The immensity and complexities of the problems arising from the acquisition of such large tracts of land and the evacuation and resettlement of such a large population prompted the government to create a separate organization known as the Tarbela Dam Resettlement Organization, headed by a separate Project Director. This organization, set up on the pattern of the one at Mangla, was responsible for the assessment, acquisition and payment of compensation for the properties thus affected and acquired: and the evacuation and resettlement of the vast population. The Tarbela Dam Resettlement Organization functioned with a modicum of efficiency not unexpected of a bureaucratic organization of such temporary nature. With the passage of time the organization became redundant and was formally closed on June 30, 1985. It is not suggested that all matters pertaining to resettlement had been resolved.

For the resettlement of Tarbela Dam affectees, Government had allocated 60,000 acres of land, 30,000 acres each in the Punjab and Sindh. Accordingly 30,000 acres of land in the Punjab was given to 2,400 affectees whereas in Sindh only 10,667 acres could be given to 667 affectees. Out of the 667, it is reported that 170 have not received possession and have asked for alternate land. Thereafter, the Government of Sindh declined to give the remaining 19,,333 acres of land with the result a number of affectees, who had exercised option and fulfilled the laid down conditions, could not get alternate land. At the same time it needs to be stated that at that point of time there were many affectees who preferred to take cash compensation rather than accept alternate land offered by the government.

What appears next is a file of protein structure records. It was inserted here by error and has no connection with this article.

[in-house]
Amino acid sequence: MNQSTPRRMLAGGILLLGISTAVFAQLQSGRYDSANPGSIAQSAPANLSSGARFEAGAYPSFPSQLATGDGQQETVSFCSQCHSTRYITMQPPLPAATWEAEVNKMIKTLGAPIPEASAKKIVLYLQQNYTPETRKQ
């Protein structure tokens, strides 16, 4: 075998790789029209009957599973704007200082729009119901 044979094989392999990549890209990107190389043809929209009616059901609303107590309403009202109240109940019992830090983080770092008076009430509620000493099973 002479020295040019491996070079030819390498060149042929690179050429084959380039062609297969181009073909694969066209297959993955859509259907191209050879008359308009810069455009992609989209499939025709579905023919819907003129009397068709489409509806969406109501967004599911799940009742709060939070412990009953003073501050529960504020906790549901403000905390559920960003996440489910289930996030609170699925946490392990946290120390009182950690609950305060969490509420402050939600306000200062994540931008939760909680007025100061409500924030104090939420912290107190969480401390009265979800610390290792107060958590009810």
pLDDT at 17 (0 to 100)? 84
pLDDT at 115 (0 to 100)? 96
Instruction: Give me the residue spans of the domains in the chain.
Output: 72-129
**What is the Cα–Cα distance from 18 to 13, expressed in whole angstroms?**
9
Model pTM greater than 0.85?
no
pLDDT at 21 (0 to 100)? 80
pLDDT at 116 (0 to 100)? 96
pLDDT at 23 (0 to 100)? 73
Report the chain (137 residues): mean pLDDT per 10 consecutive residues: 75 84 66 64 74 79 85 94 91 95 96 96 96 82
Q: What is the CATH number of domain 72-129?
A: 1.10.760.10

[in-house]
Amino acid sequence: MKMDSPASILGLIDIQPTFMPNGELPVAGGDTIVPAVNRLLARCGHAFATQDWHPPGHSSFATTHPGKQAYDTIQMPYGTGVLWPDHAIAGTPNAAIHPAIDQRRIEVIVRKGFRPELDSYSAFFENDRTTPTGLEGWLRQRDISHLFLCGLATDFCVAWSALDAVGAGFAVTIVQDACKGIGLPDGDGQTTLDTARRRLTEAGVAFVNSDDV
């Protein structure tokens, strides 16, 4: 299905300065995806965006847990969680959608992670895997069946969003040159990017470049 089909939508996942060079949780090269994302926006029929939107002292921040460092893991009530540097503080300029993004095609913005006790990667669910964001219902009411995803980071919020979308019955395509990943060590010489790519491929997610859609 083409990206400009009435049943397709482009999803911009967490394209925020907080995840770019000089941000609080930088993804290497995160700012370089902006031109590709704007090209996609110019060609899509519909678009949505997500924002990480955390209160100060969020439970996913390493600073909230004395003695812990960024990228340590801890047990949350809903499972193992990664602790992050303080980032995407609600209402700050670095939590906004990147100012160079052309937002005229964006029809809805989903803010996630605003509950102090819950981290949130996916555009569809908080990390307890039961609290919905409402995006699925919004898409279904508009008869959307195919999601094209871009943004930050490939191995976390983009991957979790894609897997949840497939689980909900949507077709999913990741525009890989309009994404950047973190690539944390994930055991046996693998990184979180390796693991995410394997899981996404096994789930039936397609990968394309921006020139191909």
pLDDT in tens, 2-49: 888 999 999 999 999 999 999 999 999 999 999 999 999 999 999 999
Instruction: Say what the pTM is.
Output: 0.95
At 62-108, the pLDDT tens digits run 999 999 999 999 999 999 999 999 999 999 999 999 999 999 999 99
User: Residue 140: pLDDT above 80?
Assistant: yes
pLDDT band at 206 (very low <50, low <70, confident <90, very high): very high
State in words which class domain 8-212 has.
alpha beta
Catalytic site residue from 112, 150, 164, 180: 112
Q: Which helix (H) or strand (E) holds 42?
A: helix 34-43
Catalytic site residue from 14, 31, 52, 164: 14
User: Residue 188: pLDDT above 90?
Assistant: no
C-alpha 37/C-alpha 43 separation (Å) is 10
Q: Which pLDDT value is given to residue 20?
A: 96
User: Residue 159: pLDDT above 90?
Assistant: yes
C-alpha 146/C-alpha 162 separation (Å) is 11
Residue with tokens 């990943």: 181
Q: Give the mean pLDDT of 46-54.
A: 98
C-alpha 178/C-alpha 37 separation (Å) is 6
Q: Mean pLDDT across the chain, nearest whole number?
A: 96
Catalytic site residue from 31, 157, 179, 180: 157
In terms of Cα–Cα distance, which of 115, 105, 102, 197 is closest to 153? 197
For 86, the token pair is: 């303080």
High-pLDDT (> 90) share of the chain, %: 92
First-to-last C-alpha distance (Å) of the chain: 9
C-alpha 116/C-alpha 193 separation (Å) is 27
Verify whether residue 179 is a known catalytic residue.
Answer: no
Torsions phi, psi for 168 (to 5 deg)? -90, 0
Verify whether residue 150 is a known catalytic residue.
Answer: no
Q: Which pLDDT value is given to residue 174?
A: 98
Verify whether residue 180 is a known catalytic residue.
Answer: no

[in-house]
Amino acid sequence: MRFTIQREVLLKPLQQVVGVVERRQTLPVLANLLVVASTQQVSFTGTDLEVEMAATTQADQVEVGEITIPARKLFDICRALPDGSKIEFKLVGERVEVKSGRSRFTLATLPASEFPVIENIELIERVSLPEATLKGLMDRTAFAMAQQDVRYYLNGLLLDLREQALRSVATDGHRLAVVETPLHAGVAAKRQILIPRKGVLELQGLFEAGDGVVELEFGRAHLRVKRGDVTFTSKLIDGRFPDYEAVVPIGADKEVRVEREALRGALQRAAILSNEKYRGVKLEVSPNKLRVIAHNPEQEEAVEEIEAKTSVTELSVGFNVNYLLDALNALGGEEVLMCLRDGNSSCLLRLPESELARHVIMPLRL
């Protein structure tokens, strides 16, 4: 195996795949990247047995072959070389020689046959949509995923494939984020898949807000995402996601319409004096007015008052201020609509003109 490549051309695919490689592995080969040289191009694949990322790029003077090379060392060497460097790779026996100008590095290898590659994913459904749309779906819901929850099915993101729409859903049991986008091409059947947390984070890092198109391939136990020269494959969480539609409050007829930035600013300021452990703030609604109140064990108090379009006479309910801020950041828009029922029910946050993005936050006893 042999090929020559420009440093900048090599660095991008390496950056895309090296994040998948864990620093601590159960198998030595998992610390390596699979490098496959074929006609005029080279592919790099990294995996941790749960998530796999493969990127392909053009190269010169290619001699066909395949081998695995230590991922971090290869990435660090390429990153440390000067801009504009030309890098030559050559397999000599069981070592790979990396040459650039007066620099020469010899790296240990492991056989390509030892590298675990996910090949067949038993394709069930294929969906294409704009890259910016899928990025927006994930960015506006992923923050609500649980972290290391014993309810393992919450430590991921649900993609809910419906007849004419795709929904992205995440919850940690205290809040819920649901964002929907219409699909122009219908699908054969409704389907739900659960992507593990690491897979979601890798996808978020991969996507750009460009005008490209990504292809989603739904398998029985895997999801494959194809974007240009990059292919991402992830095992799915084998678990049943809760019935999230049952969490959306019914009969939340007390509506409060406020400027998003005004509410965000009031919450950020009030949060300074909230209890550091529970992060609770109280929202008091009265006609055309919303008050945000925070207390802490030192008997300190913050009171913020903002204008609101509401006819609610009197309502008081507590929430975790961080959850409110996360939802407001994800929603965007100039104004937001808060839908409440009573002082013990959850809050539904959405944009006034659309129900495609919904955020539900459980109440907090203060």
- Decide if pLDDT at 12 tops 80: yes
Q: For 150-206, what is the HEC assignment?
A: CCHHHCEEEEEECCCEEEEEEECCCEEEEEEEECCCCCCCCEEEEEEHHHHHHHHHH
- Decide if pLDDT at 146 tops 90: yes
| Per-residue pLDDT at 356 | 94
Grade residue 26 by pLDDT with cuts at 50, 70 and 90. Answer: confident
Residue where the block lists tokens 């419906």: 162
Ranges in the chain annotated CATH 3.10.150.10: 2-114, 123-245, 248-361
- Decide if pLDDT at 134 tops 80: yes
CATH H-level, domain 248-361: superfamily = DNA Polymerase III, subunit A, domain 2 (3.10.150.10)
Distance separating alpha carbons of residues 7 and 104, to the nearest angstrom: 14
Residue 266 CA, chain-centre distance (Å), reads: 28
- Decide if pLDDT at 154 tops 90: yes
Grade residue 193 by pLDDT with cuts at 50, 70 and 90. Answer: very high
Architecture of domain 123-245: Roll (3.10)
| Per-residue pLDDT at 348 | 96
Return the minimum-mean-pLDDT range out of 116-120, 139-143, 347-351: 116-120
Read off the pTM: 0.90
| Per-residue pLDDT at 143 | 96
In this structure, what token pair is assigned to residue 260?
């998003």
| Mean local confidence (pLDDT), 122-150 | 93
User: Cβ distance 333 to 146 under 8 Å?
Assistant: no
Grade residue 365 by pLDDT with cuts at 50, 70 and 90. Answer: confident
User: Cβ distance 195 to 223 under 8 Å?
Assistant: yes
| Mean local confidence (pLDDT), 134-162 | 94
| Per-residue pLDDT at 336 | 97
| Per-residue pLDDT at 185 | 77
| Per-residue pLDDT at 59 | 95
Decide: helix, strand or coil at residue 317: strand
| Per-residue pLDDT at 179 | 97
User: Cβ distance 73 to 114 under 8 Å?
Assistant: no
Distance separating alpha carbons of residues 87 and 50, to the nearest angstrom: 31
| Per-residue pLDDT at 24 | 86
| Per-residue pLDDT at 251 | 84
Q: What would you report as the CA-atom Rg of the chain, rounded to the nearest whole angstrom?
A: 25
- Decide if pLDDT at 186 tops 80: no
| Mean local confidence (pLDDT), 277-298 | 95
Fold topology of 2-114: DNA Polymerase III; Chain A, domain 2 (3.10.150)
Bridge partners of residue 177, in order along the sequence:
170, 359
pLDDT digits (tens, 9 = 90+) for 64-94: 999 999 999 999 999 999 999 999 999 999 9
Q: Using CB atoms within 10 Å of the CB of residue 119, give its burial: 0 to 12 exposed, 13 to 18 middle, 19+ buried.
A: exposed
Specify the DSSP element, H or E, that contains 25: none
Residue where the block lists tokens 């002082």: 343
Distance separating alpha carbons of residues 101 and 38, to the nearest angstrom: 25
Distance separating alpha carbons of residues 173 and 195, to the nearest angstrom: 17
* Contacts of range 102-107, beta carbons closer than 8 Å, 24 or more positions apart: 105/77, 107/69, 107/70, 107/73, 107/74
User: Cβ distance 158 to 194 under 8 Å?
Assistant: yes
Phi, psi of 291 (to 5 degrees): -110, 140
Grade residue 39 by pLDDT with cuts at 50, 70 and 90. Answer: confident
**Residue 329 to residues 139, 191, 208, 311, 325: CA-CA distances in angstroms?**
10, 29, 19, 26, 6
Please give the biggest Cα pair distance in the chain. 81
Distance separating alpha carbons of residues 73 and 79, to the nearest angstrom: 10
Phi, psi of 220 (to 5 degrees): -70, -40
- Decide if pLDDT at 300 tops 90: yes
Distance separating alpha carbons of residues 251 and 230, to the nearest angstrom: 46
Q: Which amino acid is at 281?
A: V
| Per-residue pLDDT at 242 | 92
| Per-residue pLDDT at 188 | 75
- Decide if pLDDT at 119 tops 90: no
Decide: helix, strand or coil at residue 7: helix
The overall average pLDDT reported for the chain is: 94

During the preparations for the Ghazi Barotha Hydro Power Project, some of the NGOs agitated against inadequate compensation and unsatisfactory resettlement of the Tarbela Dam displaced persons. Taking notice of the hue and cry the World Bank persuaded the Government of Pakistan to resolve outstanding resettlement issues pertaining to Tarbela Dam and accordingly in the loan agreement dated March 7, 1996 for the Ghazi Barotha a condition was inserted.